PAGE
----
Property investors say they'll back a capital gains tax if it applies family homes, too.
The Labour-NZ First Government is considering whether to adopt recommendations made by the Tax Working Group (TWG), including a capital gains tax (CGT) on properties that aren't the family home - such as rental homes and properties bought to sell at a higher price in the future.
On Sunday Newshub reported on a landlord who took to social media to encourage others to try "scaremongering" their tenants into voting against Labour in 2020 by threatening to raise their rents by 10 percent.
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And Newshub has since seen a letter from a landlord sent to a tenant which explicitly cites "the actions of the present Labour-led Coalition Government" for raising their rent.
Andrew King of the NZ Property Investors' Federation (NZPIF) told Newshub there was a "real depth of feeling by rental property providers and it isn't surprising that some of them will hold views like this".
He reiterated that view to Magic Talk's Brendan Telfer on Monday, saying it's understandable because landlords "have been feeling under the gun for a number of years now".
"There have been LVR restrictions, they're looking at bringing in ring-fencing of losses to make it that the tenant gets to say how long they stay and make it harder for the landlord to get rid of tenants, which makes it harder to manage," he said, also citing a discussion document which could give tenants more rights to have pets.
"All of this puts people off providing rental property at a time when we have a rental property crisis."
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But it's the suggestion of a comprehensive CGT that has landlords most worried. The TWG's recommendation is that only capital gains made from the date the law is in place - expected to be 2021 - would be taxed.
For example: if you bought a house in 2010 for $500,000 and sold it in 2022 for $1,000,000, it's unlikely you'll pay the full 33 percent of the capital gain - $165,000 - in tax. If the property was valued in 2021 at $900,000, you'd only pay $33,000 - 33 percent of the gain made since the introduction of the law.
While capital gains taxes already apply to property investors, there are numerous loopholes noted on the Inland Revenue website. The CGT, as recommended by the TWG, would close many of those and apply to other forms of investment too - but Mr King doubts that'll happen.
"The rhetoric we're seeing at the moment is it's not going to be like that. The Prime Minister has already said that businesses and farmers are going to be top of mind - I think that's code for 'we're not going to apply it to them'. Other people are saying the financial markets, they can't have it as well, people with baches, they can't have it as well.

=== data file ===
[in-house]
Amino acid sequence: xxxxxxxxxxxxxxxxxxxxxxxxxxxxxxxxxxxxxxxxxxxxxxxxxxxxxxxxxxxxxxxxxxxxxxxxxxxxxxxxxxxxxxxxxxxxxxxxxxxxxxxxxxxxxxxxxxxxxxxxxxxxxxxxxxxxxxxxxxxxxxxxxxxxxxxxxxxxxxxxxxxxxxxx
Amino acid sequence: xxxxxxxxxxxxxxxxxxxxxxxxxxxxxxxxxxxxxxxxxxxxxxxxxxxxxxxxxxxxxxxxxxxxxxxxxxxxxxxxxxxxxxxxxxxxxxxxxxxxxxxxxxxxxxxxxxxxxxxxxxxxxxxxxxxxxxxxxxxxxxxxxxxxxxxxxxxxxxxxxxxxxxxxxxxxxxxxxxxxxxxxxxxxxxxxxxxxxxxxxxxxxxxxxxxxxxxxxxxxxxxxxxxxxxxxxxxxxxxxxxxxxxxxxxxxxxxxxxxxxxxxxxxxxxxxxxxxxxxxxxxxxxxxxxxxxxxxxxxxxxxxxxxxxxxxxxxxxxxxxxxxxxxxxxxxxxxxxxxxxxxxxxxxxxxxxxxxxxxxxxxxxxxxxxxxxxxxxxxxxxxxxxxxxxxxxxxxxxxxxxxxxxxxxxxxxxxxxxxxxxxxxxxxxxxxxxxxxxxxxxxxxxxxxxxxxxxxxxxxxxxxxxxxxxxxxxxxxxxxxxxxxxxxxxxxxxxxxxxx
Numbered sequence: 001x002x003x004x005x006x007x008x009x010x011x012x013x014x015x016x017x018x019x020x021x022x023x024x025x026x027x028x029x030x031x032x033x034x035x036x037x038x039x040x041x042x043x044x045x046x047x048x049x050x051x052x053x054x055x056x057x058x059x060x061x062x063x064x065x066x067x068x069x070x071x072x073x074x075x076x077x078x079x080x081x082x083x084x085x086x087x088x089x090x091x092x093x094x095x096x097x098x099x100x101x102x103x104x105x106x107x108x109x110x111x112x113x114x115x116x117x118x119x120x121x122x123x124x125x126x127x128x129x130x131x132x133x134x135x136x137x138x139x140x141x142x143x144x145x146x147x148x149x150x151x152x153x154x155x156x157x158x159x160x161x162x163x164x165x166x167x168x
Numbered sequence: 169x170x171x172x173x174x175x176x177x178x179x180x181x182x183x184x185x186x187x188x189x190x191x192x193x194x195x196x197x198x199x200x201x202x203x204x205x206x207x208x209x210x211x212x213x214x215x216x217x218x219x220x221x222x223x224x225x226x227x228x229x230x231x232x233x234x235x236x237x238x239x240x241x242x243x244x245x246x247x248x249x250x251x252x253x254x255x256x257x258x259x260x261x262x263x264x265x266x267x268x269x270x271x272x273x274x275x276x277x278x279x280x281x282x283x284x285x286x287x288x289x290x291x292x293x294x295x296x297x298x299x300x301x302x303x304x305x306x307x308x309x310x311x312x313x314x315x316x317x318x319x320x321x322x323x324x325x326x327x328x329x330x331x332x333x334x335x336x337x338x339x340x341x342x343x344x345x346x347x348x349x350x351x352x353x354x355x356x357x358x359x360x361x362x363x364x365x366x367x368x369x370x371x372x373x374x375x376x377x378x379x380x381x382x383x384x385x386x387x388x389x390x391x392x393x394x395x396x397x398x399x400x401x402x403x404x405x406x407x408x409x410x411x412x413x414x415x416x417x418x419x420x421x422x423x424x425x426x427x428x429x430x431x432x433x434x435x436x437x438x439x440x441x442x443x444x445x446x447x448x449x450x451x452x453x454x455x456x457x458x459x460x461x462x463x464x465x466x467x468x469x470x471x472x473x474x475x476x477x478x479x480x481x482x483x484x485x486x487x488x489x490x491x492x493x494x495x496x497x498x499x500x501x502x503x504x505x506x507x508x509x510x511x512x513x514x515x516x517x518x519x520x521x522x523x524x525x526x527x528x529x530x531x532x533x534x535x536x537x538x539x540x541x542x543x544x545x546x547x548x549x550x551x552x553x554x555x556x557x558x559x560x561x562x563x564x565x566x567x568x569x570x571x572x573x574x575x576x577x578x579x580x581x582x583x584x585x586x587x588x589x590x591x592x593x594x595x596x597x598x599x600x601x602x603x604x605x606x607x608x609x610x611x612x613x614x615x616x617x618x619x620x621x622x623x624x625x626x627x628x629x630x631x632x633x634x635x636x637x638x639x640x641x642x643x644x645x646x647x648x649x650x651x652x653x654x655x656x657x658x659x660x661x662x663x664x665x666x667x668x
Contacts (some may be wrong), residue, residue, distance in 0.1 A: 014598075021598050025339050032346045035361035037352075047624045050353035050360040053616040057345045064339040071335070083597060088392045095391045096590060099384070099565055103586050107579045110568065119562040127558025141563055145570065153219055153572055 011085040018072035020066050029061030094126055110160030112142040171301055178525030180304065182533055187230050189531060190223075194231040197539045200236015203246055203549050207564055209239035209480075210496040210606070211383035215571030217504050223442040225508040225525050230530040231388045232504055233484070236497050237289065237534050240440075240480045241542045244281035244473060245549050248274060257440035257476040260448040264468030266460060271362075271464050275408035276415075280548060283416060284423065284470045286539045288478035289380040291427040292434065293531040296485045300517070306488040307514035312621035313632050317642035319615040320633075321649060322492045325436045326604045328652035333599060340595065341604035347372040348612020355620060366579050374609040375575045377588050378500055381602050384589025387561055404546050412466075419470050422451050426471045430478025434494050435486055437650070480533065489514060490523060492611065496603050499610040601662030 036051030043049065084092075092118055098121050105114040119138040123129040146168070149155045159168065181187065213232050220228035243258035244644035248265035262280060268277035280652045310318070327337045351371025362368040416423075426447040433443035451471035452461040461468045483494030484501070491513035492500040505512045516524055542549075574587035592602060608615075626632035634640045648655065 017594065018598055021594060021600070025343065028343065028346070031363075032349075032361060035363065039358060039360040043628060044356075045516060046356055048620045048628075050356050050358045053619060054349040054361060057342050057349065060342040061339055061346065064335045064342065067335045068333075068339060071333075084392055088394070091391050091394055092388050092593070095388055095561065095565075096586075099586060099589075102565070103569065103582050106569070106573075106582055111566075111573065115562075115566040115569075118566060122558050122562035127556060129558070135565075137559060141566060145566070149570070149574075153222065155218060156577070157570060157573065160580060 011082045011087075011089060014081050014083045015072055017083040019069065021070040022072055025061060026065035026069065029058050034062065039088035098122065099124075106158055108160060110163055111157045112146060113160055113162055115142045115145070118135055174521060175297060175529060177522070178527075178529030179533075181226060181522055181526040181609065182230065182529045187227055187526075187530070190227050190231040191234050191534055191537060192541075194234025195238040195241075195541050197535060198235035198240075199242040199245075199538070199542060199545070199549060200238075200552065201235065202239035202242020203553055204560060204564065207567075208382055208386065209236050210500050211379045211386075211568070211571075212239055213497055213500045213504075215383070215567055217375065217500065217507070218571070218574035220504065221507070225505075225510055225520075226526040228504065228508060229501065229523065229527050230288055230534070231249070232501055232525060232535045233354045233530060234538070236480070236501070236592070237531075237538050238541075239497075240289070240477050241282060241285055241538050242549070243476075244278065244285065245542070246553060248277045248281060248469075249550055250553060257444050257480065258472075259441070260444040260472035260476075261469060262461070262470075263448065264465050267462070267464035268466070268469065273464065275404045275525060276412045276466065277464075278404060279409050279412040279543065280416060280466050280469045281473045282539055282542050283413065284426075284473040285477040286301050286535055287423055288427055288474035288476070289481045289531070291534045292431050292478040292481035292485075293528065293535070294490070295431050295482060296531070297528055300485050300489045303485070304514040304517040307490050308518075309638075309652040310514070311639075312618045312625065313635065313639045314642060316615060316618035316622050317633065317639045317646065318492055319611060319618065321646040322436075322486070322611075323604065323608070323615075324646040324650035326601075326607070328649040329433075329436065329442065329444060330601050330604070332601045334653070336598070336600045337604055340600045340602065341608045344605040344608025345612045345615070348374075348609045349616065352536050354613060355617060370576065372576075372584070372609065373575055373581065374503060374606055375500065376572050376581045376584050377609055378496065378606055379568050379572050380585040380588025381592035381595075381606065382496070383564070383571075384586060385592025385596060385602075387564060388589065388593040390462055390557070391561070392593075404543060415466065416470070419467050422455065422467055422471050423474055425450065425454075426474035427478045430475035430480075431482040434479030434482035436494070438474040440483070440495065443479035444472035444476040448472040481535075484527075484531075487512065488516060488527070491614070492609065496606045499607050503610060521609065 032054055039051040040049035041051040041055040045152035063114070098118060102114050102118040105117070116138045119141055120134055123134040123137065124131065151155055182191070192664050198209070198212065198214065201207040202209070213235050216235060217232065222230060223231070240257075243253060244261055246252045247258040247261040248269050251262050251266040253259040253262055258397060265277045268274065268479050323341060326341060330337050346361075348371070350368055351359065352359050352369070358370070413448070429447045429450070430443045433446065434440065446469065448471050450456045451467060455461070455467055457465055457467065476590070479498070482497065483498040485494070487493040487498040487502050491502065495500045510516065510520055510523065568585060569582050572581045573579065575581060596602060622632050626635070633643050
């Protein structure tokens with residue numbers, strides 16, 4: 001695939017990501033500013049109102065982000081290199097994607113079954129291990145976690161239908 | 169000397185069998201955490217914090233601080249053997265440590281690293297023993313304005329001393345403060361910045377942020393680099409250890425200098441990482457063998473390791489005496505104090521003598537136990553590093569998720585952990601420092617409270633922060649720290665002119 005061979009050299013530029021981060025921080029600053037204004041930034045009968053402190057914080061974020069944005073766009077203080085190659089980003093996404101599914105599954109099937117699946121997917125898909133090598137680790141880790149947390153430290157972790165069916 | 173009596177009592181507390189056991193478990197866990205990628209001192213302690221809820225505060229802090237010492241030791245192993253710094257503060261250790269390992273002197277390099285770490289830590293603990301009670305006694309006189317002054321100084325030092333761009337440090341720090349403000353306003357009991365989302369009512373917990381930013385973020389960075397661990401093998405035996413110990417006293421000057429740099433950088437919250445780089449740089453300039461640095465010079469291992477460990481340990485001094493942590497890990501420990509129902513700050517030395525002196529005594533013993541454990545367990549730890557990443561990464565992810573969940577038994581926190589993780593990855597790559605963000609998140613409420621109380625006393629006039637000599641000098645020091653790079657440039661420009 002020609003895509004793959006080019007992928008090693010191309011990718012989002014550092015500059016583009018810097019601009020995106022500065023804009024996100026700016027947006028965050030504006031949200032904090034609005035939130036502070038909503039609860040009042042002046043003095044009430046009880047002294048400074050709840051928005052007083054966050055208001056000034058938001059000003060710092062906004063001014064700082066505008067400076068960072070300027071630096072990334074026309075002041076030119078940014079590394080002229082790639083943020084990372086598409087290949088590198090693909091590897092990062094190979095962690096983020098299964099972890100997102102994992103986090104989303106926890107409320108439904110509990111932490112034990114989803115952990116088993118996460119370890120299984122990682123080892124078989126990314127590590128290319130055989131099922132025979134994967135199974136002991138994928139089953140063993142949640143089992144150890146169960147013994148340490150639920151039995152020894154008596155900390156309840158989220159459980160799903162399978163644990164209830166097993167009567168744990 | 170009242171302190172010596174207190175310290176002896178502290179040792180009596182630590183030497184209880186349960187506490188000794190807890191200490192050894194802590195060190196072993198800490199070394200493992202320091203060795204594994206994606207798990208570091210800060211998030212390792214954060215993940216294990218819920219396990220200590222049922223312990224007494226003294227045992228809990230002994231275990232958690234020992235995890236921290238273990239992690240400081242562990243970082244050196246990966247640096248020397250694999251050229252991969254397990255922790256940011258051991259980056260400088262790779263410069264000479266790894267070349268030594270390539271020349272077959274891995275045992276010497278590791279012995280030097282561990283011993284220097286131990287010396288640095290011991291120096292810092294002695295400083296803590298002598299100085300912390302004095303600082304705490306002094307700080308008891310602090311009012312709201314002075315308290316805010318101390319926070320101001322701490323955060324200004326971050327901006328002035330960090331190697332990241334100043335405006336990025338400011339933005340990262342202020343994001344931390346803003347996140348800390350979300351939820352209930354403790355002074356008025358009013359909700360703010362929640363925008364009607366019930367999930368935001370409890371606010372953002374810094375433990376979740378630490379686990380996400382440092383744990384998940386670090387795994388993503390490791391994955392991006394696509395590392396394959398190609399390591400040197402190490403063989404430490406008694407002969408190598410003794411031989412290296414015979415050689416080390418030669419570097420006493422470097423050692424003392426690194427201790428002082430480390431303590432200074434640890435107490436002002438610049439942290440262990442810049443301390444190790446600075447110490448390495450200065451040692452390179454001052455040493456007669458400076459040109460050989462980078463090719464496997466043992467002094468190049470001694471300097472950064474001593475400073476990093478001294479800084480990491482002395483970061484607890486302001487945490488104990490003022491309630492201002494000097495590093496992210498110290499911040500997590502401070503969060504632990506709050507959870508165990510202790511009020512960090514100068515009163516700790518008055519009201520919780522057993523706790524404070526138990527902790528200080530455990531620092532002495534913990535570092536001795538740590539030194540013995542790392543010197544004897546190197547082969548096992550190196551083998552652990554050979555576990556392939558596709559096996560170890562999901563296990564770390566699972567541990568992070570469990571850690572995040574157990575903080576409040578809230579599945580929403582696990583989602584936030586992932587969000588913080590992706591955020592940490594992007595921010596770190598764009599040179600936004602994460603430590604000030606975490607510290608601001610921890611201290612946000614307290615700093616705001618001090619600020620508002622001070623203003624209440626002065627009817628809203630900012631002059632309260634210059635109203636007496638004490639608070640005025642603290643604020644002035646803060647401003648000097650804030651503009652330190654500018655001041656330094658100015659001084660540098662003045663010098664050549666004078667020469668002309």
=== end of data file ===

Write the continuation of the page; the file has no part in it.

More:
"The only thing that people seem to be concerned about is rental property. If it was just applied to rental property, I think that is grossly wrong."
If the CGT was applied to everything - businesses, farms, assets, even the family home - Mr King says the NZPIF "wouldn't have a problem" with it.
"If that was the case, I don't think we'd have an argument with it because it would be fair, it would be across everybody. Although a lot of people are saying it should be on the family home as well, and there's certainly a good argument for that."
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Though many homeowners do benefit a significant windfall when they sell up, suggesting a CGT apply to the family home has long been a political no-go. But Mr King thinks if the TWG's CGT is introduced - in full or watered down - it's only a matter of time before it'll apply to family homes.
"Because they're trying to reduce house prices, and yet two-thirds of housing in New Zealand is actually [owner-occupied] homes. [The TWG recommendation] it isn't going to do what they want."
If it does reduce house prices Mr King says investors will bail, leaving fewer rentals at a time when there's growing demand. While this will bring more houses onto the market for buyers, Mr King believes rising rents will mean it's no easier for many tenants to save up for a deposit on their own place.
"People forget that it's tenants at the end of the day who are going to pay the price for this through increased rents."
Will a CGT deter landlords?
Not everyone thinks a CGT would see landlords sell up their portfolios.
Dr Grant Duncan, lecturer in politics at Massey University's Albany campus in Auckland, said there's still money to be made.
"Just because you get taxed doesn't mean you won't do anything," he told Magic Talk. "I get taxed in my job but I still do it, so a tax isn't a complete disincentive to do something."
He said Labour is failing to sell the benefits of the CGT, letting the Opposition get the headlines. National Party leader Simon Bridges has been particularly vocal, calling it an "attack on the Kiwi way of life" and regularly tweeting examples of what he thinks are loopholes, distortions and unfair clauses in the TWG's recommendations.
"One wonders whether the idea is kind of being set up to fail, or maybe just some kind of revision of the bright-line test that National introduced to tighten that up," said Dr Duncan.
Mr Bridges has vowed to repeal any CGT introduced by the Government if National is back in power, and reduce the bright-line test back to two years. It was introduced at two years by National under John Key in 2015, but increased to five years by the Coalition Government in 2018.
The Government is expected to formally respond to the TWG's recommendations in April.